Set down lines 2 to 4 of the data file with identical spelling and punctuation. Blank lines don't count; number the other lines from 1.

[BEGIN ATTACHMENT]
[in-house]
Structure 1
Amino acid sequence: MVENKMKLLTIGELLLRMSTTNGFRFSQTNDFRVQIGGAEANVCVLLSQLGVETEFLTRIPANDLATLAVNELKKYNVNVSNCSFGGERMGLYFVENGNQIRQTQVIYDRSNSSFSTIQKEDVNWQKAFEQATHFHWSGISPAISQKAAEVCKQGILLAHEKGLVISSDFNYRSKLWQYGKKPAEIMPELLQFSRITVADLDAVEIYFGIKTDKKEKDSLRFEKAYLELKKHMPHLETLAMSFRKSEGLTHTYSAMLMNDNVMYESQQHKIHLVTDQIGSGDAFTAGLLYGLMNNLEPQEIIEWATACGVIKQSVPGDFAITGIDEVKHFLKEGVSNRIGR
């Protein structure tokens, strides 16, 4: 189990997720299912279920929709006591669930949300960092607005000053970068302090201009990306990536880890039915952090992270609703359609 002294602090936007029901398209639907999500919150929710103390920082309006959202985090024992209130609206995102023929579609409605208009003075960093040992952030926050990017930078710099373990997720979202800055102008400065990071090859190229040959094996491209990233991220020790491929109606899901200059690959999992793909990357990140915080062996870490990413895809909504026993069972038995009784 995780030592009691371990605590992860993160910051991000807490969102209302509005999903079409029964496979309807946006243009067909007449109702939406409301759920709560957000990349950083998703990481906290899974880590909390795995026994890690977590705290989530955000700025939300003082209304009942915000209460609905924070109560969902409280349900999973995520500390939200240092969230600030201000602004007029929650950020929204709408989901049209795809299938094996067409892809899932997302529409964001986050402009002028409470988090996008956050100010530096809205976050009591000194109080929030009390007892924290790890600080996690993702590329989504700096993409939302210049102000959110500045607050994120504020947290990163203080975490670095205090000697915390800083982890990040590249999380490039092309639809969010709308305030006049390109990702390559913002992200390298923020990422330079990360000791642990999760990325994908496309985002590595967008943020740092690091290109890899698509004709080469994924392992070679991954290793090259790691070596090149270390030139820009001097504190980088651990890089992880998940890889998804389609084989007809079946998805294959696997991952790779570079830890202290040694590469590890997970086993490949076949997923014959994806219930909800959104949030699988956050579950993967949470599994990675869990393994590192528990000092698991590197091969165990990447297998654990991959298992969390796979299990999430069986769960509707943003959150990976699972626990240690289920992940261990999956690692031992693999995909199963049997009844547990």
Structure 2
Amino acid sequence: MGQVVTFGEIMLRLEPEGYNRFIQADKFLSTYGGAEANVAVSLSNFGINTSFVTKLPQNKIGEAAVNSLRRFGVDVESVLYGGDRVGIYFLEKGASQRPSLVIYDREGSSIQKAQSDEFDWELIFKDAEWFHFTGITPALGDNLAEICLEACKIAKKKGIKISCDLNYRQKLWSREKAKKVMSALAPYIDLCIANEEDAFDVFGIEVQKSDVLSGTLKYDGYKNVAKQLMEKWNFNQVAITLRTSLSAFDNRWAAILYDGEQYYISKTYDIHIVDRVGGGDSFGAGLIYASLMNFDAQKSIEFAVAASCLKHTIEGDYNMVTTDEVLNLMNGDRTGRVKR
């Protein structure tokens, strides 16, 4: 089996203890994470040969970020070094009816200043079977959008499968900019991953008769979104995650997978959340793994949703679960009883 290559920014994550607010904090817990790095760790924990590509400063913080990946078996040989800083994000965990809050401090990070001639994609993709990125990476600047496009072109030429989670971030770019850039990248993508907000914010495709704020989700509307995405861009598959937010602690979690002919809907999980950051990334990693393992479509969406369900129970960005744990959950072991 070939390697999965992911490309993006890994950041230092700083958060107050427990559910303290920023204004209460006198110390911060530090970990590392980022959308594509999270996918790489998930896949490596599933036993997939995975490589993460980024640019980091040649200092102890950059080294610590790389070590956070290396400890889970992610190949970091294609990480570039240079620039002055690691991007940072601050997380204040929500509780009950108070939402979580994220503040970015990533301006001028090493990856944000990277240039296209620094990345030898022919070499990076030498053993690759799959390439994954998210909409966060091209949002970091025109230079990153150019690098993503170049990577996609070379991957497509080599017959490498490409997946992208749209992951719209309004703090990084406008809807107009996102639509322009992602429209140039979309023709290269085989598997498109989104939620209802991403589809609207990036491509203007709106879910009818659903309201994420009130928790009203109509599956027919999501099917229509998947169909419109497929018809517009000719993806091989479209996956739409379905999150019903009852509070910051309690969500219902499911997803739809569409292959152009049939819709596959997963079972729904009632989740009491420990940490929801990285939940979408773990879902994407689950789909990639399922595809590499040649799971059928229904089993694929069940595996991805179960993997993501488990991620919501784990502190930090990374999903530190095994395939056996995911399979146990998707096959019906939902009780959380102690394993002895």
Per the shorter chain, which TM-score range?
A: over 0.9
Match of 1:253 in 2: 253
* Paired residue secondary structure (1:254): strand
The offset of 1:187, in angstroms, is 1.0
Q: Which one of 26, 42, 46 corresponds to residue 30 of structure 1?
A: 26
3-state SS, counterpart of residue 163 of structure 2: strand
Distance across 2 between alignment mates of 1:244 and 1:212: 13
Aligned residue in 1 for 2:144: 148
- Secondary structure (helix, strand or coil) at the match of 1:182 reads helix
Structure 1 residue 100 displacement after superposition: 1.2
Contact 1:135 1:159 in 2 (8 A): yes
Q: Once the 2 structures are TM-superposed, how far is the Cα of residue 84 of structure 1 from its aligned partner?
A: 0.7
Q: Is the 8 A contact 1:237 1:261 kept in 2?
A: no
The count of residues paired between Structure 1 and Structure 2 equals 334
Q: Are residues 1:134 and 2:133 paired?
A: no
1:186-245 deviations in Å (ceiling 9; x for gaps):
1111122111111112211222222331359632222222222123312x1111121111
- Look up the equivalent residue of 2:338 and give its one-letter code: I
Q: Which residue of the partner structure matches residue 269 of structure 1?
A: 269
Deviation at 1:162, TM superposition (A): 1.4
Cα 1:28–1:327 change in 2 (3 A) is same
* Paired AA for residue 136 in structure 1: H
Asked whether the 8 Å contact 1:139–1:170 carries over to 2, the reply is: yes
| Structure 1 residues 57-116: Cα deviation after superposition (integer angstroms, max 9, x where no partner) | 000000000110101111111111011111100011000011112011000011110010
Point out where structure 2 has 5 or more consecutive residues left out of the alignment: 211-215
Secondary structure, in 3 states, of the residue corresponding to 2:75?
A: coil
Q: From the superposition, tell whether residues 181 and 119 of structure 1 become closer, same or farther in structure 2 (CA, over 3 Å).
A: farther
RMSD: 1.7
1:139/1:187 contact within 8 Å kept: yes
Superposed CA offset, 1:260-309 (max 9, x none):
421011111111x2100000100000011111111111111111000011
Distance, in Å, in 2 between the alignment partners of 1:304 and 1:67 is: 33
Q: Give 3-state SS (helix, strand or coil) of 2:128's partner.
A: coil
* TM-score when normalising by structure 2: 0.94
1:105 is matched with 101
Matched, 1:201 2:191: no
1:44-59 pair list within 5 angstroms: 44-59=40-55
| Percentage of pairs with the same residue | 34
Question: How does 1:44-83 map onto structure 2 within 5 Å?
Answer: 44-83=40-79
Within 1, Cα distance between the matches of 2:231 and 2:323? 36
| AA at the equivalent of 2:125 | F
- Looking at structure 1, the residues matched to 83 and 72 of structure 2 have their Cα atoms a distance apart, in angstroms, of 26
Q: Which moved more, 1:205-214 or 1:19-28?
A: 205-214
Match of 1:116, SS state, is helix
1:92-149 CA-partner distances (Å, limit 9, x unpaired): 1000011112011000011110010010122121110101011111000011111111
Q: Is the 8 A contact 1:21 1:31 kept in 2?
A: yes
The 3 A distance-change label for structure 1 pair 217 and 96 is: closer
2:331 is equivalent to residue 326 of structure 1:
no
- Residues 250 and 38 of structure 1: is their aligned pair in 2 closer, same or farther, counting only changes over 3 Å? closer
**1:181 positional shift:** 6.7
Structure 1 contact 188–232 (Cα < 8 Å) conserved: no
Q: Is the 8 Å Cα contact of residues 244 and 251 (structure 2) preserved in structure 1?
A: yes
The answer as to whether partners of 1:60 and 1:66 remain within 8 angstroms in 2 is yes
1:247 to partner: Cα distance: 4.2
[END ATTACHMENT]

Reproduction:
Structure 1
Amino acid sequence: MVENKMKLLTIGELLLRMSTTNGFRFSQTNDFRVQIGGAEANVCVLLSQLGVETEFLTRIPANDLATLAVNELKKYNVNVSNCSFGGERMGLYFVENGNQIRQTQVIYDRSNSSFSTIQKEDVNWQKAFEQATHFHWSGISPAISQKAAEVCKQGILLAHEKGLVISSDFNYRSKLWQYGKKPAEIMPELLQFSRITVADLDAVEIYFGIKTDKKEKDSLRFEKAYLELKKHMPHLETLAMSFRKSEGLTHTYSAMLMNDNVMYESQQHKIHLVTDQIGSGDAFTAGLLYGLMNNLEPQEIIEWATACGVIKQSVPGDFAITGIDEVKHFLKEGVSNRIGR
């Protein structure tokens, strides 16, 4: 189990997720299912279920929709006591669930949300960092607005000053970068302090201009990306990536880890039915952090992270609703359609 002294602090936007029901398209639907999500919150929710103390920082309006959202985090024992209130609206995102023929579609409605208009003075960093040992952030926050990017930078710099373990997720979202800055102008400065990071090859190229040959094996491209990233991220020790491929109606899901200059690959999992793909990357990140915080062996870490990413895809909504026993069972038995009784 995780030592009691371990605590992860993160910051991000807490969102209302509005999903079409029964496979309807946006243009067909007449109702939406409301759920709560957000990349950083998703990481906290899974880590909390795995026994890690977590705290989530955000700025939300003082209304009942915000209460609905924070109560969902409280349900999973995520500390939200240092969230600030201000602004007029929650950020929204709408989901049209795809299938094996067409892809899932997302529409964001986050402009002028409470988090996008956050100010530096809205976050009591000194109080929030009390007892924290790890600080996690993702590329989504700096993409939302210049102000959110500045607050994120504020947290990163203080975490670095205090000697915390800083982890990040590249999380490039092309639809969010709308305030006049390109990702390559913002992200390298923020990422330079990360000791642990999760990325994908496309985002590595967008943020740092690091290109890899698509004709080469994924392992070679991954290793090259790691070596090149270390030139820009001097504190980088651990890089992880998940890889998804389609084989007809079946998805294959696997991952790779570079830890202290040694590469590890997970086993490949076949997923014959994806219930909800959104949030699988956050579950993967949470599994990675869990393994590192528990000092698991590197091969165990990447297998654990991959298992969390796979299990999430069986769960509707943003959150990976699972626990240690289920992940261990999956690692031992693999995909199963049997009844547990």